The Ecuadorean government is implementing reforms to the diplomatic bag service in response to the discovery last year of 40 kilos of cocaine sent to Italy in diplomatic cargo.
The Diplomatic Bag Service bylaw introduces 11 new security measures, including CCTV monitoring and digital alert systems, to prevent tampering while shipments are in storage or en route.
Under the terms of the new law, anti-narcotics police will control and monitor diplomatic shipments.
The law comes a year after a diplomatic bag of art materials for an Ecuadorean cultural event in Italy was found to contain jars holding 40 kilos of liquid cocaine.
Five Ecuadorean citizens were arrested in connection with the case. One of the accused, Jorge Luis Redroban Quevedo, allegedly has links to Central Bank President Pedro Delgado (who is also President Rafael Correa's cousin), Correa's sister, and to the Ecuadorean Consulate in Milan.
Three of the five are currently serving four to eight-year sentences, while the cases of the other two are being processed, according to Foreign Minister Ricardo Patiño.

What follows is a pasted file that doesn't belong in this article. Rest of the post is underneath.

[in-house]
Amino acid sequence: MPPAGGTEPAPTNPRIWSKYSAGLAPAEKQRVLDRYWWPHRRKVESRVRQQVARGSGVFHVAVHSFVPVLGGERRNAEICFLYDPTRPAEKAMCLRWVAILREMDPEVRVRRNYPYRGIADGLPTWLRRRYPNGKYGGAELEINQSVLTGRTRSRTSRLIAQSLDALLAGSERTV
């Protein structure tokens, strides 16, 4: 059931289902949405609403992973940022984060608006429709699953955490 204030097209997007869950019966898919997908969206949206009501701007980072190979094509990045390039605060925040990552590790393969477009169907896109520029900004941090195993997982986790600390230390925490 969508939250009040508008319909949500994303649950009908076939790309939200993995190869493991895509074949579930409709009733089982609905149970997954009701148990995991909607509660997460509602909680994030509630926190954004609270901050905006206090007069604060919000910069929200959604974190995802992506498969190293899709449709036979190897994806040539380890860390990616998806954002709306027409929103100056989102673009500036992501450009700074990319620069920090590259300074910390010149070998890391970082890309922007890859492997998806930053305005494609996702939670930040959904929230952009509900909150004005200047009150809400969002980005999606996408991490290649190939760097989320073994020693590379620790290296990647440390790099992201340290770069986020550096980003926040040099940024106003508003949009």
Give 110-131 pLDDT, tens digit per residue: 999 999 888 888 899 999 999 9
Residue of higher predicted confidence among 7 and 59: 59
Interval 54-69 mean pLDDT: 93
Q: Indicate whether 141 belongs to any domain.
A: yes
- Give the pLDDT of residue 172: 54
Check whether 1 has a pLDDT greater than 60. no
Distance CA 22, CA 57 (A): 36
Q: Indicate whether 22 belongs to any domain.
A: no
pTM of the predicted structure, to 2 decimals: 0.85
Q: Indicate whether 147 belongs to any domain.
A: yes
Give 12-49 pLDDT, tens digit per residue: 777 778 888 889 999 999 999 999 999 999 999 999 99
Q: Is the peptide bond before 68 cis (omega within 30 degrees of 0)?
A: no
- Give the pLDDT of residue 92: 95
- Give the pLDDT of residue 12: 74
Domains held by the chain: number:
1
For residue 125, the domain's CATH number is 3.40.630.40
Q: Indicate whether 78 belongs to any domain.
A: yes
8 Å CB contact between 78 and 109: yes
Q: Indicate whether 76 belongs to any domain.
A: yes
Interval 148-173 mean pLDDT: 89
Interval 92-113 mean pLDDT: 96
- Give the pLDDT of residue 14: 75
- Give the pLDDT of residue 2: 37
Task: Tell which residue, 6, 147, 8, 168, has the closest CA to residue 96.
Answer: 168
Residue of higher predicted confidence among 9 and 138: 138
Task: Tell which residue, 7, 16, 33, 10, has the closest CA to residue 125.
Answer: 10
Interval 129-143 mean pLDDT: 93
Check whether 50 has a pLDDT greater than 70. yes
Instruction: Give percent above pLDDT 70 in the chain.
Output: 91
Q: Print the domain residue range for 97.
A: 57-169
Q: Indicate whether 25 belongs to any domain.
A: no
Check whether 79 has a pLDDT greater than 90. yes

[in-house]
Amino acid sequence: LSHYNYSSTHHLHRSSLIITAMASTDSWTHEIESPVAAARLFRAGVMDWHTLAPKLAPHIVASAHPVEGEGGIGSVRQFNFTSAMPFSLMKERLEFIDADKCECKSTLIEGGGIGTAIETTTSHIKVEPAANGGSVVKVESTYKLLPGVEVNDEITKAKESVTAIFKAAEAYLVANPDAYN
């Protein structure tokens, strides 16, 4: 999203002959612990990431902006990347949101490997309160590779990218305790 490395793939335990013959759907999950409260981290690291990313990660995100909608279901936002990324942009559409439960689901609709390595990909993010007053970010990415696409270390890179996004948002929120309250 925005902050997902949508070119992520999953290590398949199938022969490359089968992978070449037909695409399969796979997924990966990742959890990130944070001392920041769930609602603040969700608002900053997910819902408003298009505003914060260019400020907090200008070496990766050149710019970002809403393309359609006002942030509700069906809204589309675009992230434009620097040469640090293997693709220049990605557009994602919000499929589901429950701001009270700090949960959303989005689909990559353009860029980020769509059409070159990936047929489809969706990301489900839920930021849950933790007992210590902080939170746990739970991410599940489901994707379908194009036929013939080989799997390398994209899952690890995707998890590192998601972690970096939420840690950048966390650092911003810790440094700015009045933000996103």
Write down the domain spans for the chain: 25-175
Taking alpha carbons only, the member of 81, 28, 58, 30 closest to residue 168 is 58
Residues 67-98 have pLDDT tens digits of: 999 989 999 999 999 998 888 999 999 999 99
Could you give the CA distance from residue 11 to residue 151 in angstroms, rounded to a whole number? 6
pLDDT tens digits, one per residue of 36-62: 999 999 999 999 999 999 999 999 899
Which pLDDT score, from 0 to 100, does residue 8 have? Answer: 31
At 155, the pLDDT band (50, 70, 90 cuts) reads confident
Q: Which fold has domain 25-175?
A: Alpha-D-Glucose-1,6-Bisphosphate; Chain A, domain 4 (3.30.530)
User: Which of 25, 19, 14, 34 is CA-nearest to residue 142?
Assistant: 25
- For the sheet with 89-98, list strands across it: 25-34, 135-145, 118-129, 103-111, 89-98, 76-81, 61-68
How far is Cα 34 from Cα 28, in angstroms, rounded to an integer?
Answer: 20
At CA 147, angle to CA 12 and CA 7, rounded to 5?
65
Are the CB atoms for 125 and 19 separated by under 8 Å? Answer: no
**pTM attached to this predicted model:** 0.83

InSight Crime Analysis
According to Ecuador’s prosecutor general, the Italian shipment is an isolated case, and there is no indication that drug trafficking organizations had used diplomatic bags for moving drugs previously.
Even if this is true, other countries such as Venezuela have seen allegations of systematic abuse of the diplomatic bag service. This could also be a risk in Ecuador, which is an increasingly popular staging point for the international drug trade.
However, it could also be argued that the new law is primarily a response to the raft of unwelcome publicity Ecuador saw as a result of the original case, and leaves the transnational drug trafficking groups moving large shipments through the country to expand unchecked.